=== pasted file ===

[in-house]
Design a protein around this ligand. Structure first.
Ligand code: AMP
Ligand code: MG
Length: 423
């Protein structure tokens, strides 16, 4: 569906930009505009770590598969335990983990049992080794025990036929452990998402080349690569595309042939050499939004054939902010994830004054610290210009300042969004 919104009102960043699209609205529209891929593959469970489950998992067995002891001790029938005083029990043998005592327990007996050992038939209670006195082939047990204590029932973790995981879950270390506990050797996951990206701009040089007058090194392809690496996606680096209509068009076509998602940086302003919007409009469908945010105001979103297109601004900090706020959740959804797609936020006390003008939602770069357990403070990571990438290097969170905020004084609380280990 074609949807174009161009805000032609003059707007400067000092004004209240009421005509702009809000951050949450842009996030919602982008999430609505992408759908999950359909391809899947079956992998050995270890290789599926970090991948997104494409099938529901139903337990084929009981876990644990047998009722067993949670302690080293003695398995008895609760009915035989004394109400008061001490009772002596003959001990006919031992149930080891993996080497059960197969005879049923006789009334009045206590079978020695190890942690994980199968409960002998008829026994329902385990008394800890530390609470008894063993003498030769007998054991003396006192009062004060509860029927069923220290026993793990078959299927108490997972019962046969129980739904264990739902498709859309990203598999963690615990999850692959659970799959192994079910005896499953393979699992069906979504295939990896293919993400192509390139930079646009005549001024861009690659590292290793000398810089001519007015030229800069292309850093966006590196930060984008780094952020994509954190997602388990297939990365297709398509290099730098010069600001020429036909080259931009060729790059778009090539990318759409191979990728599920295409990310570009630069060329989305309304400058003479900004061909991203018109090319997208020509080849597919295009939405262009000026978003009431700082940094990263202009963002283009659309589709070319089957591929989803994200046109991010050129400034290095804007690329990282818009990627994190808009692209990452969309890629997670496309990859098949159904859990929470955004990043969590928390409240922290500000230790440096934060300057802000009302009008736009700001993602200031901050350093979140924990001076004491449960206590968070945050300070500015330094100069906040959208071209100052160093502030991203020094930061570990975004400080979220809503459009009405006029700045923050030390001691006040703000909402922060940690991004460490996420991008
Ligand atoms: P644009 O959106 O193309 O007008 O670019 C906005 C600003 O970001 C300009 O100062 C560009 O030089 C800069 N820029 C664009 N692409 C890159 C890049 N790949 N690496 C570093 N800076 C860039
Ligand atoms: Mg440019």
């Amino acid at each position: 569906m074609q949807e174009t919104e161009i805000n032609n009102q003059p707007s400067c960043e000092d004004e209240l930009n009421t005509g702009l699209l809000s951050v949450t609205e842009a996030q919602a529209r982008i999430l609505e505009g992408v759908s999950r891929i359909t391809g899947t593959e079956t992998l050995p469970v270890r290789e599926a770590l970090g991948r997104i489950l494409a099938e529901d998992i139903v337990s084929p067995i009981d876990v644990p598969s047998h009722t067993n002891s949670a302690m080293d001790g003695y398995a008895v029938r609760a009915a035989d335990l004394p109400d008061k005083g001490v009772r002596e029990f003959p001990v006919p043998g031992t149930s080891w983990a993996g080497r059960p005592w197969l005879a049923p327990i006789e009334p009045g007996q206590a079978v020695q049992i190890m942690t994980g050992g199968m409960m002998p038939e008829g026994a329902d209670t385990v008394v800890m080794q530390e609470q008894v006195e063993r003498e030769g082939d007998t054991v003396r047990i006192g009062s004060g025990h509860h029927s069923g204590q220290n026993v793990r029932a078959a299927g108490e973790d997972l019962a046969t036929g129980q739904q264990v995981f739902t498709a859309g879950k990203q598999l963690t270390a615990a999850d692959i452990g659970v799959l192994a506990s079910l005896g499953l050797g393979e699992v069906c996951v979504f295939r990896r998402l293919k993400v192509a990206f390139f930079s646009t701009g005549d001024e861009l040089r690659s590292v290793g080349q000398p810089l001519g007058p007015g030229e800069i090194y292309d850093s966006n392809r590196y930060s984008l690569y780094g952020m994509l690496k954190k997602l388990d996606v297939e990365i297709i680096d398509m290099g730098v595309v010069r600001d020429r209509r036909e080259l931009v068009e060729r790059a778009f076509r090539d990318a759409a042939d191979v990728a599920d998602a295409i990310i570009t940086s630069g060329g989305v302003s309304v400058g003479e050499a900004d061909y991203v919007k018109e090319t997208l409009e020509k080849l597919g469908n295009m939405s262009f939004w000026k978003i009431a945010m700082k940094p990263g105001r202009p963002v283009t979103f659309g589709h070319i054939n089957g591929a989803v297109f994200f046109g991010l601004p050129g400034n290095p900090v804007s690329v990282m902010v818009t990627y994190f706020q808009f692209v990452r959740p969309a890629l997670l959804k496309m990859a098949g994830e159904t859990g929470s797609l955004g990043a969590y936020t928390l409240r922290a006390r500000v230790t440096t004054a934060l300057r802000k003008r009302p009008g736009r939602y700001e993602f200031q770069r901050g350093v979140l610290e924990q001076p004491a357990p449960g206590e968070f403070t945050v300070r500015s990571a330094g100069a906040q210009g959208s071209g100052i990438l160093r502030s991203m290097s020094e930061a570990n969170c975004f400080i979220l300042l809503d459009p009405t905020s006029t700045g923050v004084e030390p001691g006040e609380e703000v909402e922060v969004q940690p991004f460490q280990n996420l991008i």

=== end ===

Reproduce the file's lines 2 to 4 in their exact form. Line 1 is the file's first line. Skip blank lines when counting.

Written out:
Design a protein around this ligand. Structure first.
Ligand code: AMP
Ligand code: MG